Most of us have learned how to communicate through a process of trial and error. We have developed our communication styles and skills primarily through the interactions we have had with our family and friends. Few of us have received formal communication training to develop our skills.
When we think of communication, ordinarily we think of it as a process in which someone speaks and someone listens. In normal communication, we wait politely for the other person to finish what they are saying so we can take our turn to talk. This model of communication places great value on speaking and little value on listening. Some of us may even have taken a speech class so that we could learn how to speak more effectively and be better understood.
Communication is the successful conveying and sharing of ideas and feelings. Each person who sends a message needs to know, not only that their message was received but that the other person understands what we mean. We all have a need to have our meaning understood. But because communication is context bound this is often problematic. The listener my hear something entirely different from what was intended in the communication. A crude example of this is, if I say, bark, you could think I was talking about the bark of a dog. But what I really was talking about was the bark of a tree. While this is a simple example, this level of misunderstanding often occurs in our communications.
An often missed element in communication is to find out how successful we are in sharing our thoughts and ideas. A simple way to do this is by inserting a feedback loop into our conversations, to ensure that the listener has received the true intention of our communication. Adding a simple feedback loop can avoid misunderstanding and confusion. A feedback loop consists of the listener giving the speaker feedback about what he or she has heard them say. In all communications we need at least two feedback loops because there are at least two people involved.
Because each person needs their meaning understood, we usually feel a disconnect when the other person mistakes what we have said. It can be confusing to say something and receive a response that seems to have nothing to do with what you meant. To further complicate matters, we may be confronted with all sorts of feelings and conclusions from the other person's reaction to what they thought we said. This can make the communication more difficult, as the person who has heard a different meaning and is reacting to it needs to be understood as well. Even though they did not understand your meaning, their meaning brings with it feelings that are now being communicated back to you, for you to receive and understand.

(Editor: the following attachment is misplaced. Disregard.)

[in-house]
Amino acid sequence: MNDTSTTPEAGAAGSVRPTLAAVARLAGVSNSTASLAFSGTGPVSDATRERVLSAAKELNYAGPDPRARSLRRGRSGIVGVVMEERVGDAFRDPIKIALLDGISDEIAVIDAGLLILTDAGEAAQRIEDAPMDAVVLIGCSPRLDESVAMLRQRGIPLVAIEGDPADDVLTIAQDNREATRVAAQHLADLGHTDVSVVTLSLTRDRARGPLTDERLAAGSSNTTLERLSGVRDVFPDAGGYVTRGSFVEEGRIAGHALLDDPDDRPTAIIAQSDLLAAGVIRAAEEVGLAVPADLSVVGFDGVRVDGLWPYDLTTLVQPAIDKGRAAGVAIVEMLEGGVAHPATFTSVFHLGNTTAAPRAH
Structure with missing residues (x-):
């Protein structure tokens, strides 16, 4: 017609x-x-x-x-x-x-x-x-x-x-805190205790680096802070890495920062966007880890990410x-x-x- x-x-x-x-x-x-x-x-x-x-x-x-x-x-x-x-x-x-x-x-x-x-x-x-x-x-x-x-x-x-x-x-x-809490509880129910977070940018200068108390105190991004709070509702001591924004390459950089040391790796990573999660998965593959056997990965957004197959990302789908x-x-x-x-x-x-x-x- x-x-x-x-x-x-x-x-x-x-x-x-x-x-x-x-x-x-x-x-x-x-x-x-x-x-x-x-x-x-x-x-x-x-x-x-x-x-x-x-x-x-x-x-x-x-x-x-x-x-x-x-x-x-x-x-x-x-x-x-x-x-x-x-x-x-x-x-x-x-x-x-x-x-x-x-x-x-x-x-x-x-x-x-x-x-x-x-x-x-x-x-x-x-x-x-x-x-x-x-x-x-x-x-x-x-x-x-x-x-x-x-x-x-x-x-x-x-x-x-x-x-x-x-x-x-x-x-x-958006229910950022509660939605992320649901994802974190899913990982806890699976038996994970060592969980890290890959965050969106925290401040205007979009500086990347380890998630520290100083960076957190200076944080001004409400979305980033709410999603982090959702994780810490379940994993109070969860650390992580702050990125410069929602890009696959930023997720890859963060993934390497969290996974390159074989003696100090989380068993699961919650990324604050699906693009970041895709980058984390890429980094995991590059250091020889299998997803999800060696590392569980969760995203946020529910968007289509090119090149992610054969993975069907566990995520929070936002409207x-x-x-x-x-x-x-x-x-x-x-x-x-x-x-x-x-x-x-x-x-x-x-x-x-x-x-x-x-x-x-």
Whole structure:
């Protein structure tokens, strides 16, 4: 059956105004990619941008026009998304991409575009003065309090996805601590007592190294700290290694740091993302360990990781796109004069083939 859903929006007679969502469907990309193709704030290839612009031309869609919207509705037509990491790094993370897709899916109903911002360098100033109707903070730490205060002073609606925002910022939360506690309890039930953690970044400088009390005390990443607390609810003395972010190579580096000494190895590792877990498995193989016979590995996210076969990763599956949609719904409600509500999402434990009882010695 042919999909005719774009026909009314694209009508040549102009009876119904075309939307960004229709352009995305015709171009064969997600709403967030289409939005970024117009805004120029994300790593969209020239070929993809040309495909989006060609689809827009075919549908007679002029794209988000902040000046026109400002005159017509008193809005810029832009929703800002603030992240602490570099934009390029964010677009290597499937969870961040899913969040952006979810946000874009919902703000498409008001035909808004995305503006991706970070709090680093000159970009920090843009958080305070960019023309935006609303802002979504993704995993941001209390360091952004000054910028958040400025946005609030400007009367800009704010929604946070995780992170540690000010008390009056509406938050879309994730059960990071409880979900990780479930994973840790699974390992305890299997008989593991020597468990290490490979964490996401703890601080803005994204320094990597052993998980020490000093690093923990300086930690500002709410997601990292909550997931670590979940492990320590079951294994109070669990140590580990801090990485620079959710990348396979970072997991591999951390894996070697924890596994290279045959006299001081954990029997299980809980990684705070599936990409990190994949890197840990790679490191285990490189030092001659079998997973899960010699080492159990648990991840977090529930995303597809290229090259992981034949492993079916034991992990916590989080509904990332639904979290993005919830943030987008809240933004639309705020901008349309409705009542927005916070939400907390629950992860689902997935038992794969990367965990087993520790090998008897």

How incorporating feedback loops helps us communicate successfully
With awareness of the feedback model, you may, as a speaker ask the other person to say back to you what you just said. Asking them for their feedback in the interest of ensuring that you have spoken clearly, will give you an opportunity to correct anything that was inaccurately heard or misinterpreted.
If the person listening has already reacted strongly to what you have said, a second feedback loop can be introduced. You can say, "I think you may have misunderstood what I said, but now I want to see if I can understand what your reaction is about." Once you have given them feedback and shown them that you understand what they are saying or feeling, the possibility of your original message being received and understood increases.
You can then return to the original message and introduce the first feedback loop. If the other person has realized that their reaction was to some meaning other than what you had originally intended, they will now more likely be able to understand your original meaning. With the use of the double feedback model it is much more possible to achieve mutual understanding.
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